Although Congress contemplates a FIFO (first-in, first-out) quota system under Immigration and Nationality Act §203(e), seasoned observers have reason to believe that what really happens behind the scenes at USCIS is much more of a catch-as-catch-can system. AOS files are housed and distributed helter-skelter in a USCIS salt-mine storage facility in the midwest, regional service centers, ICE attorney file cabinets or shopping carts wheeled between immigration courtrooms, and USCIS field offices.  Although a recent lawsuit and motion for preliminary injunction in Seattle federal court challenging the immigrant visa (IV) quota allocation system failed, apparently for reasons urged by the government, this has not stopped ever-louder public complaints.
    In recent years, the quotas dramatically and unexpectedly moved backward (retrogressed) twice  -- in 2007 under the employment-based immigrant visa categories, and in January this year under the family categories -- thus adding years more to the wait.  Although this might please the anti-immigration crowd that crows about the supposed honor of doing things legally by "waiting in line" (while silently celebrating that law-abiding immigrants are kept out), it hurts American interests.  American families are needlessly separated and the ability of U.S.businesses to compete on the global stage is hamstrung, while immigrant innovations that might have been are needlessly delayed or never happen.
    Much of this harm could be avoided or lessened by President Obama, and virtually all of it could be eliminated by a willing, America-first Congress.
    The President could take a lesson from Disneyland and the airlines -- businesses that know something about people waiting in lines.  These businesses know that opportunities for profit and reduction of complaints can arise even while customers wait (see Disney's techniques here and here; see airlines' approaches here).

    For intending immigrants waiting abroad, President Obama could remind State and its consular corps that wannabe green card holders, despite their desire to immigrate, are still eligible under law for all manner of nonimmigrant visas, and should be granted such status liberally in deserving cases.  I'm not talking about the misnomer that many immigration agencies and uninformed immigration lawyers call "dual intent" visas, as they refer to the H-1B and L-1 temporary categories (which are more accurately described as intent-irrelevant classifications).  No I'm referring to the true dual-intent categories, such as business visitors, tourists, students, exchange visitors and trainees).  The courts and immigration precedent decisions have long ago recognized that a visa applicant or nonimmigrant entrant can have a short-term intention to enter the U.S. presently, yet harbor the desire and intent to attain green card status when and if the law and the factual circumstances so permit, as long as the individual's overriding intention is to be law-abiding.  If the person, by prior conduct in compliance with immigration law and compelling ties abroad, has an intention to immigration in the future but no intention to break the law by overstaying the period of admission or violating immigration status, then s/he has legitimate dual intent (see cases cited, FN 51).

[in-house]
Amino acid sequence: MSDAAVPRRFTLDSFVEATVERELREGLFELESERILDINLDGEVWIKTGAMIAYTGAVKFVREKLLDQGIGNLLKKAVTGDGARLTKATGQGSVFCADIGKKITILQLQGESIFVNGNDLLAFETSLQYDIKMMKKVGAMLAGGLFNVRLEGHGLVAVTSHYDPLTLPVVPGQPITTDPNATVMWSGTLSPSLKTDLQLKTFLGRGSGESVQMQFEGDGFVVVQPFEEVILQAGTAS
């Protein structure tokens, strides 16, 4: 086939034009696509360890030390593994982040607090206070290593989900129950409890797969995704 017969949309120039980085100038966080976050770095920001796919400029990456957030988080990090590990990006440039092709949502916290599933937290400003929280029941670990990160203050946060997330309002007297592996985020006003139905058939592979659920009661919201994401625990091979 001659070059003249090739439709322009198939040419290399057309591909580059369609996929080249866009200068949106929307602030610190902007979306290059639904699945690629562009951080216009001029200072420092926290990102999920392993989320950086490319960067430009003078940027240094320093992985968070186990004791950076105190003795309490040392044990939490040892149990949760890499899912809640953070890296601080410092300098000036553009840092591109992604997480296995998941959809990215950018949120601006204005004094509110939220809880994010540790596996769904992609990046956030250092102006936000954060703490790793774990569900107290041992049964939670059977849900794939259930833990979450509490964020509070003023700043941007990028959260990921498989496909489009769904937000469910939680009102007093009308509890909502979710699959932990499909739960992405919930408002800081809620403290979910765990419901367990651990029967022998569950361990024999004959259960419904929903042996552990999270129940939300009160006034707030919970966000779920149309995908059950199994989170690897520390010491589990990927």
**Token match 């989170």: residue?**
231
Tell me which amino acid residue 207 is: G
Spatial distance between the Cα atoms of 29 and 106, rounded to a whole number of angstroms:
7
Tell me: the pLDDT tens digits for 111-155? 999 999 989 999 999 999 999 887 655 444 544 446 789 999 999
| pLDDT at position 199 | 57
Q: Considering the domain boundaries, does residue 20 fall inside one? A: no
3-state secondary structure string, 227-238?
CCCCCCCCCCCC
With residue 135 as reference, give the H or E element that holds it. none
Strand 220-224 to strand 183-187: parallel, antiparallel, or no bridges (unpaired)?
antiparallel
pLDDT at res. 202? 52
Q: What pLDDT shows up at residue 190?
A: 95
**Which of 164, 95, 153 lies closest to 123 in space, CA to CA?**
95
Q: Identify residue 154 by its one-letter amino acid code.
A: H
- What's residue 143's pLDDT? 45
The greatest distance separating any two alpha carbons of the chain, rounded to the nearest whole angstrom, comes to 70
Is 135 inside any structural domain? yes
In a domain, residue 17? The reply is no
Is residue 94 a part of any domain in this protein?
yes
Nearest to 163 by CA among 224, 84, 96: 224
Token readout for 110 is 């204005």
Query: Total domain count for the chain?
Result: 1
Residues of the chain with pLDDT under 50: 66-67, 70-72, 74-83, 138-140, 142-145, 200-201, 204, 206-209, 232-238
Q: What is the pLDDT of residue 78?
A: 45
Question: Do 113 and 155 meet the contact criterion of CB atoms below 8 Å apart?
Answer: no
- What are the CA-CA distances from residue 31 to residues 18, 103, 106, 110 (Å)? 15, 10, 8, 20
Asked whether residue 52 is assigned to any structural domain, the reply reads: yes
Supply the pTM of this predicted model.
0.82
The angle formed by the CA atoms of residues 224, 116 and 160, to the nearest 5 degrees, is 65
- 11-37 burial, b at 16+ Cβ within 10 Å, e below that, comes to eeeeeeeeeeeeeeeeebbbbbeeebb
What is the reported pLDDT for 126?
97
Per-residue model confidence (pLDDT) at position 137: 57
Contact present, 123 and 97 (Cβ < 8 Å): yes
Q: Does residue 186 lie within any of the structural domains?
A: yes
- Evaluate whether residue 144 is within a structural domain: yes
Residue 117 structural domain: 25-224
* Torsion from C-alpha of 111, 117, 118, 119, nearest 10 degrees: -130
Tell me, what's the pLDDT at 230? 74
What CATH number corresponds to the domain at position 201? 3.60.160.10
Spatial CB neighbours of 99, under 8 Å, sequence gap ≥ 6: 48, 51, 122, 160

The President could also tighten the reigns on the State Department by instructing the Secretary of Homeland Security to exert the superior authority granted her over immigration matters abroad under the Homeland Security Act, thereby cabining any rogue behavior by State's consular officers. 
    For law-abiding nonimmigrants in the U.S., he could -- as I noted in my last post -- take executive actions that would allow early filing (but not accelerated approval) of green card applications by persons with approved immigrant visa petitions (which would allow international travel and continuing employment permission) and administratively freeze the age of minor children as of the date AOS is filed. 

    Our feckless Congress -- if they truly cared about American jobs, competitiveness and deficit reduction more than political posturing and electioneering -- could also make worthy changes in our national interests:

    Congress could also accomplish legislatively all of the outcomes noted above that concurrently fall within the authority of the President.
    Congress could set an example to other countries by putting reasonable procedural due process constraints on consular officers and allowing at least meaningful administrative review and a clear right to in-person legal counsel at visa interviews and administrative hearings.
    Congress could reap significant revenue by allowing quota line-jumping for a hefty premium fee. You may say this would be unAmerican, but we already allow premium processing at USCIS and provide wealthy investors with faster access to green cards (EB-5 visas) and nonimmigrant visas (E-2 and L-1A) by tendering legal tender.  We live in a capitalist state where theatres, sports teams and concert venues sell premium seats, airlines have first class cabins, and as Ernest Hemingway astutely observed in a misquote of an F. Scott Fitzgerald line: (Fitzgerald: "The rich are different than you and me." Hemingway: "Yes, they have more money.")

    If you doubt the wisdom of better customer service for immigrants, consider the following excerpt from an unsolicited email I received from a foreign citizen (whose identity will not be revealed) in response to a three-part teleconference series I'm moderating next week (Illuminating the Dark Ages: Disturbing Trends and Pleasing Solutions in Employment Based Immigration):